Ever wondered what it means when a label reads “Made by hand” or “Handcrafted”? When we are at fairs, networking events or talking to customers about our textiles, we often get asked – “It’s handmade? Entirely made by hand – how is that possible”?
We realized that though we all love to read labels saying that a product is handmade, unique or one of its kind, however, we might not entirely understand the workmanship that goes into making an entirely handmade Scarf, Shawl or a Cape!
My first-hand experience of this complex journey happened in 2013, when I took one of the most significant trips of my life. I never imagined that one trip could change my life, but it did. From doing a 9-5 job to founding a company, I promised myself to do all it takes to make it work, after my visit to the mighty Himalayas.
Kanak (my business partner) and I had gone there to meet our weavers, spinners, dyers, people involved in the silk rearing project -- basically everyone contributing to our business. We had promised ourselves to meet each and every person responsible for making our Karigar products.
Our journey began at the weaving center where we met young, skillful and beautiful weavers – some were married with kids, some were single and looking for a life partner, one of the weaver’s had lost her husband to fighting on the border, and another’s husband left the family in search for a better life in the city. What united all these women was their skill and love for their work. They happily and proudly took us through the processes within that center – setting up the warp, spinning, and finally weaving. Phew!!
We were already overwhelmed by just glancing through the different steps, when we were reminded that there was much more to see! Our next stop was Badeth, a small village focusing entirely on silk rearing. What an experience it was looking into this world: It still feels like yesterday that we saw how an entire eco-system was built around this process – hundreds of people responsible for taking care of the silk worms, feeding them, controlling the temperature and hygiene, and much more. But the best part was seeing the village women, who have for years sweated it out in the farms, sitting confidently behind small spinning machines (given to them by the government). With these machines, they spin yarn by hand from the silk cocoons, while at the same time take care of their home, family and children. This sight moved me the most. And it is what I called true empowerment!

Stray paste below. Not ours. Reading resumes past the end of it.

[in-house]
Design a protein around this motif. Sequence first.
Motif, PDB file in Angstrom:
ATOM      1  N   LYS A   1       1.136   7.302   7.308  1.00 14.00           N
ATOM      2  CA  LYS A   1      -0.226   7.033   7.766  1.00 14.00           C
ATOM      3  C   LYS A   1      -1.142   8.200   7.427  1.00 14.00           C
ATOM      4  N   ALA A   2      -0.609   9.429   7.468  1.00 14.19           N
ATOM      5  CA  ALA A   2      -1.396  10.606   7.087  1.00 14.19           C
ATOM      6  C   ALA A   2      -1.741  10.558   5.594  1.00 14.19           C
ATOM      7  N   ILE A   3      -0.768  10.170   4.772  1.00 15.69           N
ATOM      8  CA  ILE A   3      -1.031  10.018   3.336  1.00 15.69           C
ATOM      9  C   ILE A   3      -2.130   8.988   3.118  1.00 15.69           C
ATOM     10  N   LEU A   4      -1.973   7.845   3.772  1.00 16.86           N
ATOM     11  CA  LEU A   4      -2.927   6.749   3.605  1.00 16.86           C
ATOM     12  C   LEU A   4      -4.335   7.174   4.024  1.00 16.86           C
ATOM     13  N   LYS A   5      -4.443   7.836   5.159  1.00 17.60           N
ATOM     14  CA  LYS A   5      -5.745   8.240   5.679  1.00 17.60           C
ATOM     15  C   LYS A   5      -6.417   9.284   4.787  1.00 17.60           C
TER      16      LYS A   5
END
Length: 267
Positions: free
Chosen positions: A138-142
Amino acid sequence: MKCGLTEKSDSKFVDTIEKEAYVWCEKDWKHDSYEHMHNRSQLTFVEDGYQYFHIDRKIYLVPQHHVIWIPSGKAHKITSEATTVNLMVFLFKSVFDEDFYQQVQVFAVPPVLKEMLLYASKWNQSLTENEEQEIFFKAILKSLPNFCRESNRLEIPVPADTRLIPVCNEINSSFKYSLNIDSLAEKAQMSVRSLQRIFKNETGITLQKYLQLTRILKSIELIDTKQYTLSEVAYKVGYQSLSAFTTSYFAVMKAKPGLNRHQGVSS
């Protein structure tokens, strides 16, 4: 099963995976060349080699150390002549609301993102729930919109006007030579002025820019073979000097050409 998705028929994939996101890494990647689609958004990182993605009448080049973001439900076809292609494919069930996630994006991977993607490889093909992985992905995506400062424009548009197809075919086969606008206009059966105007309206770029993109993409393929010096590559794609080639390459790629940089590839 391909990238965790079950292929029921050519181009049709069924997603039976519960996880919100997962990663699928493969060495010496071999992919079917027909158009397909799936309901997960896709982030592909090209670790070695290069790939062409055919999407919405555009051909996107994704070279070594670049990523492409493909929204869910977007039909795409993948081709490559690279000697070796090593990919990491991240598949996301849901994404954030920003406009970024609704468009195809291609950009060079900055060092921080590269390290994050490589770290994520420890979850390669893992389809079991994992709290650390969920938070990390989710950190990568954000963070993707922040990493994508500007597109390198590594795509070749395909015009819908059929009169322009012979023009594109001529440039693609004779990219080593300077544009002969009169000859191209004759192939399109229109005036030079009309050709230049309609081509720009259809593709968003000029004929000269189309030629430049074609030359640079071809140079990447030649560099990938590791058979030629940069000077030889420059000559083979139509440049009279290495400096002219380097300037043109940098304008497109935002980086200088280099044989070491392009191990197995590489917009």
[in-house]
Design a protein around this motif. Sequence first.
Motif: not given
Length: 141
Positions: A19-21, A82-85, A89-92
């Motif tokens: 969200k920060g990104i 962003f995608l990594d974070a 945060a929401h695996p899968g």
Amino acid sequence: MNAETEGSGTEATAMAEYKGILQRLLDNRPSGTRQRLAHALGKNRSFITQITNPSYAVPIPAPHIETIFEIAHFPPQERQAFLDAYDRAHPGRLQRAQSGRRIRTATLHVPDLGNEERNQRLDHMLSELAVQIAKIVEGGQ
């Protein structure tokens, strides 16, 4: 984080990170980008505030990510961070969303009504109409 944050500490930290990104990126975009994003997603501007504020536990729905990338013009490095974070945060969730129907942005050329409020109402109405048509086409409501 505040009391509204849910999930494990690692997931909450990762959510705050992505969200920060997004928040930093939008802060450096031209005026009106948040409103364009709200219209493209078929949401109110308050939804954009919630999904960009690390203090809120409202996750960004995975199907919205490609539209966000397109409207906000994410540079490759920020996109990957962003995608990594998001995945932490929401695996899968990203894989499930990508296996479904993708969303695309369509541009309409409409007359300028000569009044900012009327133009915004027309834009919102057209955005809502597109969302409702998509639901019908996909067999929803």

Next stop? The dyeing unit. Apart from the fact that it had the most breathtaking view of the gigantic mountains, I could not believe the joy that seeing so many colors could bring. I absorbed and understood the complex process of how the yarns are dyed, how one could use grass to bring the most beautiful and fresh color on to the yarns and learnt that nature also plays a key role in getting that almost perfect color.
Though there is much more involved in making each product look the way it does when you, our customer receives it, we have tried to share some of the main steps in the process of making a Karigar Scarf, Shawl or a Cape.
We learnt a fact that still amazes us: it takes at least 14 artisans to make one Karigar product! So isn’t it wonderful that when you buy our products you support not one, not two, but many more artisans to earn a livelihood?
We are proud to share the stories of our products and the capable people who created them. See the entire process, the artisan names, their pictures and more by just scanning the hangtag or Talking Tag that comes with each product. Come, be part of our journey.
Text: Sindhu Holla
Photos: Marloes van Doorn